Tuesday, December 22, 2015

Calvinism vs. Islam

Bowe Bergdahl was home-schooled and raised as a very strict Calvinist. It should not surprise us that a Calvinist has become a Moslem. The two religions have much in common.
Both have a constricted view of the nature of God, a view that limits human responsibility. Calvinism is characterized by a belief that, before all time, God decided who was saved and who was damned. Whatever good we do cannot save us if we have been damned. No matter how much we pray to God for our salvation, no matter how much others pray for our salvation, no matter how much the saints intercede for us, our predestined end cannot change.
The analogous belief in Islam is that everything is Allah’s will. No matter how careful we are, if Allah intends for us to be killed in an automobile accident, it will happen. If we drive 100 miles per hour drunk on the wrong side of a highway, and Allah does not intend for us to be killed, we will not be.
Calvinism and Islam are characterized by unjust and harsh laws. John Calvin had a baby’s hand cut off when the baby hit his father. Women are killed in Moslem countries for things beyond their control.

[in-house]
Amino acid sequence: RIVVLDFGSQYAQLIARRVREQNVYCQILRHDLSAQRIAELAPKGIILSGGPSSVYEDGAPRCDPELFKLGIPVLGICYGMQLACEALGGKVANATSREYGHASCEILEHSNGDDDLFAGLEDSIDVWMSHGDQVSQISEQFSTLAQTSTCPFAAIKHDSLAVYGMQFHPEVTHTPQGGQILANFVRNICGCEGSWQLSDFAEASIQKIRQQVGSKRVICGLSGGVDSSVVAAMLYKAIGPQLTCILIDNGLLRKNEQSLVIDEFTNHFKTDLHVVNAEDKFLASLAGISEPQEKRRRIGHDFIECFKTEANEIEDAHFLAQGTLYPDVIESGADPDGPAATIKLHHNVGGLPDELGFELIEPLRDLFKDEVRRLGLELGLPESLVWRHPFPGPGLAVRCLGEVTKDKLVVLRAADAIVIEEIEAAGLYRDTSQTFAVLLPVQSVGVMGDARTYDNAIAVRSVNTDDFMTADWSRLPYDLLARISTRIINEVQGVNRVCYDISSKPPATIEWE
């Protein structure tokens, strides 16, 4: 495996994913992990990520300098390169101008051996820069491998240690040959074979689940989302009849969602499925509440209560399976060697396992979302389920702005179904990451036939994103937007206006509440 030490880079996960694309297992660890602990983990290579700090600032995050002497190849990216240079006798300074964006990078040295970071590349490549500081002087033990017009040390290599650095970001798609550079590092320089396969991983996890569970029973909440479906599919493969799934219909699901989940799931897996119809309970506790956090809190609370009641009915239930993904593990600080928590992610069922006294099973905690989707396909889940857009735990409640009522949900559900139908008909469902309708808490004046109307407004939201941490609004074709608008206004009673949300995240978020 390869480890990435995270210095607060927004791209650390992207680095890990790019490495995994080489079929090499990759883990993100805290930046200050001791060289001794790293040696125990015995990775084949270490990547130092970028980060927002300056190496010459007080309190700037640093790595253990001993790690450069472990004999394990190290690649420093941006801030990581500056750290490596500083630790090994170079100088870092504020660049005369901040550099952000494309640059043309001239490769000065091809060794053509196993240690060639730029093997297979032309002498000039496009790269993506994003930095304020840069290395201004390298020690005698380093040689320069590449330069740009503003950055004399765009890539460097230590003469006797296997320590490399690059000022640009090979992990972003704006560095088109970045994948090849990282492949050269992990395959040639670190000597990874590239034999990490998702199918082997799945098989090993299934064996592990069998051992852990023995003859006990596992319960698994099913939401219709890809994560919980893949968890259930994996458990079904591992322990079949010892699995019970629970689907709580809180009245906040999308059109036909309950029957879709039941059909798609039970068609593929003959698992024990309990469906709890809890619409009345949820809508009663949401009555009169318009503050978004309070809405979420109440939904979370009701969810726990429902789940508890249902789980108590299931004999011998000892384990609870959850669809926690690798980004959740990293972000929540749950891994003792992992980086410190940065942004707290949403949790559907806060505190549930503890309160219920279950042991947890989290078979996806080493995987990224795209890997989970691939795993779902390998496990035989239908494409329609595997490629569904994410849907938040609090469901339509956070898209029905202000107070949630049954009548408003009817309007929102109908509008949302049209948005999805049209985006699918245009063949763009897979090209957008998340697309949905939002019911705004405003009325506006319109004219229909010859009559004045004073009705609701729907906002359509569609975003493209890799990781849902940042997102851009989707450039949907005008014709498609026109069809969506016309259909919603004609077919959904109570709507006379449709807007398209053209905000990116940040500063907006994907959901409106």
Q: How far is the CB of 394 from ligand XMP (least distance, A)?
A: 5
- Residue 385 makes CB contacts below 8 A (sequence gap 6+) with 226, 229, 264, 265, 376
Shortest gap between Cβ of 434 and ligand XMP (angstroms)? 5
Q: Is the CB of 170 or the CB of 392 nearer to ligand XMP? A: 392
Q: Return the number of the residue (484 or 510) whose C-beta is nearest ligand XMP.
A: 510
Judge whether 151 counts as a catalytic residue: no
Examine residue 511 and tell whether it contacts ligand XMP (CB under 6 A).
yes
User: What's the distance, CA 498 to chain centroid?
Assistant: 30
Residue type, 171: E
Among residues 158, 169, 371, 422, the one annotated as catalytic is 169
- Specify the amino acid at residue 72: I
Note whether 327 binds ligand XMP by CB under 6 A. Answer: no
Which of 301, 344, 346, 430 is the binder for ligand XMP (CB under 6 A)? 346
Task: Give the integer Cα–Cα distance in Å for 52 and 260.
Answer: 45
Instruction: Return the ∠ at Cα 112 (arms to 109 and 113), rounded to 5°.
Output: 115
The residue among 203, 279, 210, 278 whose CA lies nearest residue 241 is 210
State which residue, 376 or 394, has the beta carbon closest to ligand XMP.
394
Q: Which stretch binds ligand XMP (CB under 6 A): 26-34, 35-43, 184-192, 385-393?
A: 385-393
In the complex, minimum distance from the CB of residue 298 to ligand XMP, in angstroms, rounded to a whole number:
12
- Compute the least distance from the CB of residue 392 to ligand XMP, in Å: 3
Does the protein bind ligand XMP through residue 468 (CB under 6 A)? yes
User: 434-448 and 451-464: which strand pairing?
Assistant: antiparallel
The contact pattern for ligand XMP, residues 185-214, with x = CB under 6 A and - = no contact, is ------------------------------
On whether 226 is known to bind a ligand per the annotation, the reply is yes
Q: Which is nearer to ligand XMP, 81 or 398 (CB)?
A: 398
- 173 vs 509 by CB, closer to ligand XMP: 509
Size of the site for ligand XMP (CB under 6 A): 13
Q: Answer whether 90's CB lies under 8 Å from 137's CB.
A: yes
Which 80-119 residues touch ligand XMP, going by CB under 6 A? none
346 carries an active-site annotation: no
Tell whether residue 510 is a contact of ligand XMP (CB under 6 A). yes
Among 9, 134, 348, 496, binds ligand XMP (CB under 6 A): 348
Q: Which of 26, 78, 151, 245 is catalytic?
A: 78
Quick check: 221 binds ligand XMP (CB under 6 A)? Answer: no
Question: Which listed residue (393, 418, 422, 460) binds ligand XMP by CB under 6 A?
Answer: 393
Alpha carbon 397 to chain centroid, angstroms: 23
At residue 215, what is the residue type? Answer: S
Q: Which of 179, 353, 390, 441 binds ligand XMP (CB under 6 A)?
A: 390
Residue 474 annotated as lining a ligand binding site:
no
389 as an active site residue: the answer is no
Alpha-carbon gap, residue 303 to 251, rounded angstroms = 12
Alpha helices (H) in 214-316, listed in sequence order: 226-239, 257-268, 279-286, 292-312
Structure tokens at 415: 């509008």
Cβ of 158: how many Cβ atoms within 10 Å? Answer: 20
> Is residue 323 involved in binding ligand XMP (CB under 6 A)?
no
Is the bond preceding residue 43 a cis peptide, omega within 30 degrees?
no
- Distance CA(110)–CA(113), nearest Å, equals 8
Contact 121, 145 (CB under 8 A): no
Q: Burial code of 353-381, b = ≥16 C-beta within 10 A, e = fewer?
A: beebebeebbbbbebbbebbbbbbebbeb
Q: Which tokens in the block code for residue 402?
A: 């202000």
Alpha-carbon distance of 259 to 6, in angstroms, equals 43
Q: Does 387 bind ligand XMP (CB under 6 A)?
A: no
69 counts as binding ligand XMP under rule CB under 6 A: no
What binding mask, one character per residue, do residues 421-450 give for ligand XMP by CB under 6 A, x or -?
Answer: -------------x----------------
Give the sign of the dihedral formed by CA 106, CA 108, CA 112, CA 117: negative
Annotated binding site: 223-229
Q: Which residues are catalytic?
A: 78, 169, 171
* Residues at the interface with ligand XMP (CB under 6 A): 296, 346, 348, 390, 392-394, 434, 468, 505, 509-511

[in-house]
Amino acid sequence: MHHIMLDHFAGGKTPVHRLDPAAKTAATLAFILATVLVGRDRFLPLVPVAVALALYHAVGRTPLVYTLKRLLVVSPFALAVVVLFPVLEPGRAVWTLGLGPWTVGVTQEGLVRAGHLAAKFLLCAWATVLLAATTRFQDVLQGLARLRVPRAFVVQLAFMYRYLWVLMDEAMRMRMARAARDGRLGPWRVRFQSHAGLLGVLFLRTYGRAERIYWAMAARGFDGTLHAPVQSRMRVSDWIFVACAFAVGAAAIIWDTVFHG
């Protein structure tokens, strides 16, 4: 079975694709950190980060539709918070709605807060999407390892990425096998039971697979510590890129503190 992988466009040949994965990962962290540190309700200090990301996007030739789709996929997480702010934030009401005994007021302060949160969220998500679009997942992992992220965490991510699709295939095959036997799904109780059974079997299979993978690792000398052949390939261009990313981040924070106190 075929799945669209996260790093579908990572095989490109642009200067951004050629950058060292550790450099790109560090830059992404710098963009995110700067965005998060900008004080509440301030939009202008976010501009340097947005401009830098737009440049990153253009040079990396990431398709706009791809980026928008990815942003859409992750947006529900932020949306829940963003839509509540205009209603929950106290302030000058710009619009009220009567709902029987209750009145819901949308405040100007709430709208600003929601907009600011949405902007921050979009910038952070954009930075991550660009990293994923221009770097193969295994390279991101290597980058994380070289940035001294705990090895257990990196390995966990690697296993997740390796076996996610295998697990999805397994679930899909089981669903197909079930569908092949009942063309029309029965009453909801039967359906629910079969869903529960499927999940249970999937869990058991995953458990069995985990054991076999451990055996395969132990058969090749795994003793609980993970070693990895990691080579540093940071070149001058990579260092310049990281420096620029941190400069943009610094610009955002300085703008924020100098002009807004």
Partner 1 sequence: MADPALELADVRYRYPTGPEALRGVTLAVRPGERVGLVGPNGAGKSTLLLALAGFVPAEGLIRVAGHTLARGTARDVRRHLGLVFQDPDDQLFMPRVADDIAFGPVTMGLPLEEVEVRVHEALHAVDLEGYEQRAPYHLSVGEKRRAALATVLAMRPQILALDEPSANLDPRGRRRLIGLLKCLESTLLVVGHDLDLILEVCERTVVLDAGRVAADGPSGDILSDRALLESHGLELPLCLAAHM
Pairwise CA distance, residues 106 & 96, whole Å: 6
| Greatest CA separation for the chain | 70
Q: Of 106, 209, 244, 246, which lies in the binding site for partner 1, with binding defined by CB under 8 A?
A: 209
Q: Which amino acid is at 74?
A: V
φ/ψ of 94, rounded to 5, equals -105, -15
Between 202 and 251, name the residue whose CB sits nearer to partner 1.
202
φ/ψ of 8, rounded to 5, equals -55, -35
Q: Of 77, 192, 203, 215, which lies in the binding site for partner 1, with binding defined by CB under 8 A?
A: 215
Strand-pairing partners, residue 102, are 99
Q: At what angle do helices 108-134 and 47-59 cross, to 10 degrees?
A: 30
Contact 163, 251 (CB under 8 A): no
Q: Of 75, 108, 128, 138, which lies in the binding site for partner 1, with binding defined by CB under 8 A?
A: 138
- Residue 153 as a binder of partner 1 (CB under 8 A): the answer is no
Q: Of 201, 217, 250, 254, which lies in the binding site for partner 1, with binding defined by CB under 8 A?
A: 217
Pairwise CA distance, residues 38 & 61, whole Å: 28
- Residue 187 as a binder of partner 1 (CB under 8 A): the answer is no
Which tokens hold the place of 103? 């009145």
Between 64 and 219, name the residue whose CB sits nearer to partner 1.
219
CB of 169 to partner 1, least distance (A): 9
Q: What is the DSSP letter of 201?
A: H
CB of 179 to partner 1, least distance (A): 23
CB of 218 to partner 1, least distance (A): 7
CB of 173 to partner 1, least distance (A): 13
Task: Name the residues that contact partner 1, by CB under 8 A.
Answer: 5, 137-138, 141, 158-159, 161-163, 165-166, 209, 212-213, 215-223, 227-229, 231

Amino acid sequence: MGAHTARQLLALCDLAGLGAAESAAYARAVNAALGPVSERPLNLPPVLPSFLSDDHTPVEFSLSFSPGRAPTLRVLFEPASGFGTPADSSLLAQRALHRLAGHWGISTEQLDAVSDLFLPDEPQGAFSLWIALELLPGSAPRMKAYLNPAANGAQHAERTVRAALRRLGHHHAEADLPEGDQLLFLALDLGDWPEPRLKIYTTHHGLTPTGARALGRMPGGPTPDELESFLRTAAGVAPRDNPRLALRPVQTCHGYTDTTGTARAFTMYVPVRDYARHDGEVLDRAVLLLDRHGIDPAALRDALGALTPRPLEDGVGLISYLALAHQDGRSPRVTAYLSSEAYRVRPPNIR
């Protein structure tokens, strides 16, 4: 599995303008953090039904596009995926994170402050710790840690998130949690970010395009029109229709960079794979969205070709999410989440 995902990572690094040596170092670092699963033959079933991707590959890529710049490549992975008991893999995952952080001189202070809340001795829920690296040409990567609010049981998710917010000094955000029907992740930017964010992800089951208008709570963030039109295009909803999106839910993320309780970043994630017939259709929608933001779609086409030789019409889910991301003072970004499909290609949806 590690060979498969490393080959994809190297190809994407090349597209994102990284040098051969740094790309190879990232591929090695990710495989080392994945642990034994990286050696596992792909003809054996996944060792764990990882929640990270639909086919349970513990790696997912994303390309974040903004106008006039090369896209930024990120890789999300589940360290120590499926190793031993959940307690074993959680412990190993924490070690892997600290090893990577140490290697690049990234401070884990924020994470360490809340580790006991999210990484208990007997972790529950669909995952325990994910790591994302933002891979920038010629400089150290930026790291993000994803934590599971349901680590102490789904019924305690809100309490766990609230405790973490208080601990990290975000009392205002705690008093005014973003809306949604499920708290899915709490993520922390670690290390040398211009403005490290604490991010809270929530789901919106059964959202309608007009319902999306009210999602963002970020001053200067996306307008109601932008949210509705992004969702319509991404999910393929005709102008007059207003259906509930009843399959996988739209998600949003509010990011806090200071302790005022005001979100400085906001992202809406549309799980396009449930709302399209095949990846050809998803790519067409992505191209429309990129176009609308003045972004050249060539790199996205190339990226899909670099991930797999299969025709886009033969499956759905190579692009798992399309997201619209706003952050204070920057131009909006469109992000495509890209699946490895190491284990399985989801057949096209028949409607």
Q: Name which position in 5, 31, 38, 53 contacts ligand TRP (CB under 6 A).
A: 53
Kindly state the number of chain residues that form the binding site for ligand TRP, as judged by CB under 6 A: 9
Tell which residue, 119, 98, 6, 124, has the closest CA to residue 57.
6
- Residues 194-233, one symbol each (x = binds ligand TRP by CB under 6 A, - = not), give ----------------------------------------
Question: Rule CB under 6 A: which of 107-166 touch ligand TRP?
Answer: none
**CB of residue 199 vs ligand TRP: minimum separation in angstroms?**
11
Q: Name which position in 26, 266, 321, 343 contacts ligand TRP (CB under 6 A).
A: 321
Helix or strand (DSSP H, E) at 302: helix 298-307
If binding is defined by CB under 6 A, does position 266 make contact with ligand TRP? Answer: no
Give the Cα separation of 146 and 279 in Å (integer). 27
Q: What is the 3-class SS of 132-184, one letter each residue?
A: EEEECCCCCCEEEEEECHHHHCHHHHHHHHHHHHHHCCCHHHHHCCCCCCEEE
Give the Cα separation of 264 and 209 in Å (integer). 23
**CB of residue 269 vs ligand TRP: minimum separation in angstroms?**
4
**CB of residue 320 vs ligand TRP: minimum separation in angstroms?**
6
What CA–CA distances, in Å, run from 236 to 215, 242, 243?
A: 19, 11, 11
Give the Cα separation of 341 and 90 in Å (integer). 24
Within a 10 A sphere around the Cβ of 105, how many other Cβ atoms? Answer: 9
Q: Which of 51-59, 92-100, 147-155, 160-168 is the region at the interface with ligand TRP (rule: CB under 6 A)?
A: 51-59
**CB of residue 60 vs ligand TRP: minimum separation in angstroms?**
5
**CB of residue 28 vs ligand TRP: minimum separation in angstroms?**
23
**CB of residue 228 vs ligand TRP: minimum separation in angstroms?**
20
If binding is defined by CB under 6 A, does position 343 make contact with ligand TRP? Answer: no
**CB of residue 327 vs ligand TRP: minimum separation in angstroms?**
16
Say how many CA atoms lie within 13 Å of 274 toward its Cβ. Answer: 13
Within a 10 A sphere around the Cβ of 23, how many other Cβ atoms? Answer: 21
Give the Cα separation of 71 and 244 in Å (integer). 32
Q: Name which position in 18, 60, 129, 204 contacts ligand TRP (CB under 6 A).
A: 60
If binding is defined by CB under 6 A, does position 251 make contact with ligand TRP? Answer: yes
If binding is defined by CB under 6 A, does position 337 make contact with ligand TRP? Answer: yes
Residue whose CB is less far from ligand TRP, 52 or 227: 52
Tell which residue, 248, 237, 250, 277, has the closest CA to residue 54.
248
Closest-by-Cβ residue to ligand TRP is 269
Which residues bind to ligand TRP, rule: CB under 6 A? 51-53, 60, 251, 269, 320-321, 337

Both Islam and Calvinism practice an extreme form of textual literalism in understanding scripture. Scripture acquires a position as a first principle in both religions rather than as a part of Revelation. Neither asks how God has revealed scripture; both simply believe in scripture as if its divine origin were obvious.
Finally, both Islam and Calvinism produce self-righteousness and intolerance. Both were born in pride. Christianity encourages humility. We are tolerant of those who are obviously in error, and we recognize the limits of our ability to correct them by reason. We know, however, that God may give them the gift of seeing the truth; and we pray for this gift humbly.
Let us pray for Bowe Bergdahl and his father, and, of course, for the victims of their perfidy.

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